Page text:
I was being accompanied by the marshals so early this Monday morning because of a trial. The DEA had tried and convicted five of the recently deceased Manuel “the Sun God” Perrine’s Tepito cartel pals in a huge coke bust and were about to sentence the drug soldiers today.
I was involved because, in addition to the drug charges, the cartel death squad had already been convicted in absentia of the murder of a federal ADA in New York, a woman named Tara McLellan who had been a very close friend of mine.
I’d spoken to her still-devastated family and, death threats or no death threats, I was going to the courtroom today to speak for her at the victim impact statement.
On a happier note, after the trial, it was going to be checkout time for me and the Bennett clan from the Hotel California. The Golden State had been a nice place to visit, but we were finally going back home to the Big Apple where we belonged.
Myself, and especially my stomach, really couldn’t have been happier. The four corners of my carb-jonesing Irish heart—real pizza, real bagels, real rolls, and especially real Italian bread—were a mere day away.
As was our freedom from all this aggravating hiding and security, I thought, glancing at the marshals, who had been nothing but expert in their care of my family during our time in the witness protection program.
In twenty-four hours, we’d finally be home in New York with our lives back.
Now all I had to do was get through them.
“Ninety-nine bottles of beer on the wall,” I hummed to myself as I stared out at the insanely blue California sky.
I was in the midst of a daydream where I was locked in overnight at an Arthur Avenue bakery with several tubs of Breakstone’s lightly salted and a butter knife when we pulled off the 101 and approached the white stone pile of the Los Angeles Federal Court in downtown LA’s Civic Center.
That was when my gluten-filled fantasy came to an end. Abruptly.
Forward through the windshield was a huge commotion. A large crowd of civilians was assembled in front of the august court building. They stood behind metal sidewalk barricades and a line of nervous-looking uniformed LA cops holding plastic shields and wearing full face-masked riot helmets.
“What the heck is this? OJ can’t be on trial again, can he?” I said.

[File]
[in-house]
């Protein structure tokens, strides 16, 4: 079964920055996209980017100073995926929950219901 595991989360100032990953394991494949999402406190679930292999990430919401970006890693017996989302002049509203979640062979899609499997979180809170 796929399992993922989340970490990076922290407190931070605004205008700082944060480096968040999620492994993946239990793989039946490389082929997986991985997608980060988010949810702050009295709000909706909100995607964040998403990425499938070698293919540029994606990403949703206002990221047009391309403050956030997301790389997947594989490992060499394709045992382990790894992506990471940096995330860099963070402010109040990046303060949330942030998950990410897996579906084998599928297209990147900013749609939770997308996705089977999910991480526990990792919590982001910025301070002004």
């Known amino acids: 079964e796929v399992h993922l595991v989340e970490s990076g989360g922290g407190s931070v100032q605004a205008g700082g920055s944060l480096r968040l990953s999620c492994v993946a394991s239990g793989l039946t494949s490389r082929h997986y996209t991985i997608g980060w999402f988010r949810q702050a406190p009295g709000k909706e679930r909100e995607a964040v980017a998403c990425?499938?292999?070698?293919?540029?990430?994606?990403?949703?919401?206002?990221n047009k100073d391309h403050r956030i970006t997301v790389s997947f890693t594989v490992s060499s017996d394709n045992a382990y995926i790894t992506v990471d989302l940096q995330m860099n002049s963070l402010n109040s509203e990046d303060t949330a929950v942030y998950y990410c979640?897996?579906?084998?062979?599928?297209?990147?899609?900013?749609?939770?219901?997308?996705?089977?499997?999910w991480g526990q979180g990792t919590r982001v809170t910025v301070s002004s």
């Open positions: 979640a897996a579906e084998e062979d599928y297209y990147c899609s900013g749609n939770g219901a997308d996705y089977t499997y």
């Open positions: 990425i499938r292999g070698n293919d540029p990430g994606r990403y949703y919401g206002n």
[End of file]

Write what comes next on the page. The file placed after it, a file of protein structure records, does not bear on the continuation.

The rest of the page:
As we came closer, I could see that the crowd consisted of about a hundred fifty young people clustered on the sidewalk. More than a few in the crowd were wearing blue-and-white bandannas, bandit style, over their faces. There was even a muscular guy in a wife-beater wearing one of those spooky antiestablishment Guy Fawkes masks.
People began yelling and chanting and pumping their fists as someone struck a tom-tom over and over. Signs being shaken to the beat read,
NO Justice! NO Peace!
DOWN WITH the KKKops!
Having become quite rudely acquainted with the LA gang culture in my time here searching for Perrine, I knew the blue-and-white do-rags meant MS-13. I also knew that MS-13 was an LA-based ally of the Tepito cartel scum I was about to help get sentenced.
It made me sit up straight, seeing fired-up gang members amassed in some sort of halfhearted political protest. I knew full well that some of these gangsters weren’t exactly your peaceful protester types. In fact, the cartel affiliates didn’t have qualm one when it came to incredibly bloody violence. Perrine’s people had actually killed a federal judge in New York at the courthouse in the middle of Perrine’s trial!
Remembering that, I felt my stomach drop as I watched shaved heads on the sidewalk turn toward our SUV. Some of the tattooed young bangers were elbowing each other, pointing our way as we slowed.
Oh, boy. Here we go. Though I hadn’t advertised that I was going to make an appearance at the courthouse today, my face had been in the media before. There was the odd chance that one of these guys might recognize me and want to collect on the multimillion-dollar contract that was currently hovering over my head.
It can’t be helped, I thought, bracing myself as we finally came to a halt by the court entrance on North Spring Street. Nothing—no gangbangers, no fake protest or anything else—was going to stop me from standing up for Tara today.
“You know, we still have some time, Mike,” Big Joe Kelly, the US Marshal team captain, said beside me as the crowd shifted and approached the SUV. “We could go for some Starbucks or something. Come back when it looks a little calmer.”
“Nah, Joe,” I said with a casualness that was all show. “Let’s just do this quick before I ruin the nice clean underwear I wore for the courthouse security strip search.”
Doors opened and Joe and the other big marshals got out. Bob went over and spoke to one of the cops, who quickly came over with two other uniformed riot cops, and then my door opened.
Stepping out from the sealed vault of the bulletproof SUV into the loud whooshing buzz of the jeering crowd was like coming out of a pool. A pool I felt like diving back into when more and more people in the crowd started rushing over.
“I smell pork!” some girl kept saying as the muscle head in the Guy Fawkes mask suddenly rushed up and snapped a picture of me with his cell phone.
“Got your picture, pig!” he yelled from behind his mask. “I’m gonna find out who you are and where you live and pay you a visit! Pay your pig family a visit!”
I was doing pretty well up to that point, but at the mention of my family, I lost my composure a little. In fact, I lunged at the stupid son of a bitch. Unfortunately, Joe stiff-armed him away before I could get my hands around his throat.
Then the marshals half-led, half-shoved me forward in a tight phalanx toward a break in the metal barrier. I was just through it and had set foot on the first marble step when it happened.
A string of explosions suddenly ripped the air all around us, and Bob was turning and shoving me back as the crowd churned.